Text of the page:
Tuesday, February 3, 2009

Close Reading

I’ve discovered a few truths since beginning this blog, the most important of which is that my personal opinions and reflections might actually be interesting to other people. Also that most people who read my blog know me personally, and might therefore be interested in my ramblings.

I’ve often scoffed at writers who write from places so far inside their own heads as to be nauseatingly solipsistic (def. extreme preoccupation with and indulgence of one's feelings, desires, etc.; egoistic self-absorption). And I certainly have never wanted to be numbered among that set.

But lately I’ve found that I am fascinated by my friends’ writings that hover in between solipsism and philosophy. Rather than writing reams of detached observations interrupted by stream-of-consciousness depictions of highly intimate physical experiences (I don’t find your bodily functions titillating, sorry), as a certain artsy writerly set is wont to do, these writers use their experiences to connect with readers. They aren’t trying to draw readers into their minds; they lead the readers to wonder with them and think more deeply about themselves. Instead of bearing witness to a monologue a la Hamlet—the prince of solipsism, the reader is engaged in a dialogue with the writer. The autobiographical style still strikes me as self-indulgent, but it works, and I am at once envious of and deeply grateful to my friends who write with such power.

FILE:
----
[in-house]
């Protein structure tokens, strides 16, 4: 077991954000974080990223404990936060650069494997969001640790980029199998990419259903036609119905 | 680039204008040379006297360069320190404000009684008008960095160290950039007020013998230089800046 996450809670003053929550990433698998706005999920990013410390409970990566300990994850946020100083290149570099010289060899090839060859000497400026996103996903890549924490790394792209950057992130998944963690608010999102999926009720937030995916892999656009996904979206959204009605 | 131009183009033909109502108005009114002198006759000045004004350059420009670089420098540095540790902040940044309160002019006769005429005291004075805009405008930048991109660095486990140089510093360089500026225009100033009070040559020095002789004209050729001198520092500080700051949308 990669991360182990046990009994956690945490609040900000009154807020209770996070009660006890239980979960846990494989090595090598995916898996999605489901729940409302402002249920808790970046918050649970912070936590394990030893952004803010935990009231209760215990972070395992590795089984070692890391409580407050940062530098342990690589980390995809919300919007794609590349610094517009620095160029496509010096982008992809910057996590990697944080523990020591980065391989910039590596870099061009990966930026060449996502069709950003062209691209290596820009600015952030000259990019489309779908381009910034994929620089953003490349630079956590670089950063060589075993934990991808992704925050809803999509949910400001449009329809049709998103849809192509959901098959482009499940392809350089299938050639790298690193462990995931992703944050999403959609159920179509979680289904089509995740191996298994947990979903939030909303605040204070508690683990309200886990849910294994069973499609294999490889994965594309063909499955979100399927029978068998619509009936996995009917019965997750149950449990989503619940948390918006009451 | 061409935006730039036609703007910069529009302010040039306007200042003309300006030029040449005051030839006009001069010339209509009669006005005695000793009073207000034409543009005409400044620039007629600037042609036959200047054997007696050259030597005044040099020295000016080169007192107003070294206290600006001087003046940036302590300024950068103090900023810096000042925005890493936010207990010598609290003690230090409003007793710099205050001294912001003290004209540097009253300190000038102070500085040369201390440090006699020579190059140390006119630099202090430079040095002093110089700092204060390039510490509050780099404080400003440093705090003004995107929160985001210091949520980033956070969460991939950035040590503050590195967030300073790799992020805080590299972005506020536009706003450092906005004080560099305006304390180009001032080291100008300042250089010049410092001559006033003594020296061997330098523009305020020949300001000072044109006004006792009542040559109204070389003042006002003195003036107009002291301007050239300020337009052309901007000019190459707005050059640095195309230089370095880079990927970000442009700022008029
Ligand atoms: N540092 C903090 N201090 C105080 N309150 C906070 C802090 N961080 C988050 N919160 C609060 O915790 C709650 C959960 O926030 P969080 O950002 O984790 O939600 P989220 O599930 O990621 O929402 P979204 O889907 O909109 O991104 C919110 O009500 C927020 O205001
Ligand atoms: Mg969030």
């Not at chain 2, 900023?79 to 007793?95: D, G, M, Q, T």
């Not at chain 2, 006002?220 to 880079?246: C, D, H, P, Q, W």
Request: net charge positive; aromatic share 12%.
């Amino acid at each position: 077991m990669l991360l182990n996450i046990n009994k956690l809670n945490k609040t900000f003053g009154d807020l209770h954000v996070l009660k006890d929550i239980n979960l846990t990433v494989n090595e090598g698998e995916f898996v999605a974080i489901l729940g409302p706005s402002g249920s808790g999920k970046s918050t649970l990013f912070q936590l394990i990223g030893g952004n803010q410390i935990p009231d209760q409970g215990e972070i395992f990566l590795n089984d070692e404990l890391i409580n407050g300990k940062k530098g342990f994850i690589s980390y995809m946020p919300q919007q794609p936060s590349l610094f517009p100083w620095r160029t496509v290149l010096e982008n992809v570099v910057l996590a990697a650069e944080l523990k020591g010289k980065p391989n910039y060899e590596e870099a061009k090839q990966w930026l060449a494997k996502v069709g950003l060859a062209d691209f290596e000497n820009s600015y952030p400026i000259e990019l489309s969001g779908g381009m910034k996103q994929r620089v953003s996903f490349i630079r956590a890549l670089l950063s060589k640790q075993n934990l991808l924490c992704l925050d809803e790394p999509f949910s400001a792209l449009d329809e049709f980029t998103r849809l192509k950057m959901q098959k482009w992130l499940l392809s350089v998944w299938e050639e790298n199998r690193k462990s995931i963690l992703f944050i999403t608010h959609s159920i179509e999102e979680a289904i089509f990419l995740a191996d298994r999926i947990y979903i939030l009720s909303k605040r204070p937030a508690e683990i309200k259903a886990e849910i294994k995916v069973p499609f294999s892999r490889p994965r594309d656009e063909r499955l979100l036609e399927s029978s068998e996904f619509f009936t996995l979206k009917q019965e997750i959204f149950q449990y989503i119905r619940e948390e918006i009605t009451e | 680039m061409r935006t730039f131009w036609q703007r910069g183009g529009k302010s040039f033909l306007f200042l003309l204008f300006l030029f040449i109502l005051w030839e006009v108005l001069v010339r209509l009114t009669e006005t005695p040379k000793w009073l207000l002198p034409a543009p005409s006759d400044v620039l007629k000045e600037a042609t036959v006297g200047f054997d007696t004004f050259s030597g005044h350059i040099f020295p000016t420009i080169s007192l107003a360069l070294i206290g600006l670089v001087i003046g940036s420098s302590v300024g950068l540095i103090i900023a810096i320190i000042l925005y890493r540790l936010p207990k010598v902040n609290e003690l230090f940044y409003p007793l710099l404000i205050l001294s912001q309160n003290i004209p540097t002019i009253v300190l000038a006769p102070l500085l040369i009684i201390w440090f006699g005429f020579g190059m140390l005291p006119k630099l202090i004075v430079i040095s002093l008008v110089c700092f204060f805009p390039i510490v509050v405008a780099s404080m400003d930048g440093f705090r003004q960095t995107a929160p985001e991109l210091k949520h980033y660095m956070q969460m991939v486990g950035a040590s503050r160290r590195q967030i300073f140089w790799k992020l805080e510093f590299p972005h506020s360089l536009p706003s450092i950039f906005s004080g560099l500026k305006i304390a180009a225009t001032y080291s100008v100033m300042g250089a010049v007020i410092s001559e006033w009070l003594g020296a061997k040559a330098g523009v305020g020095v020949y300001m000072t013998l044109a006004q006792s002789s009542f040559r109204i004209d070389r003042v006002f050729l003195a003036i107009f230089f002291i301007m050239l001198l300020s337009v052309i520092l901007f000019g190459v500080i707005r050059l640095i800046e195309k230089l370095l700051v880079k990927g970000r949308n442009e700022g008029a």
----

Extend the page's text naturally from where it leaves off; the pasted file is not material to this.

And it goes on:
So while I will continue to post various articles that haven’t yet found homes in print, I’ll also try out a few more personal ventures in writing. The first of which is my reaction to a recently printed article in the LA Times. See next post.

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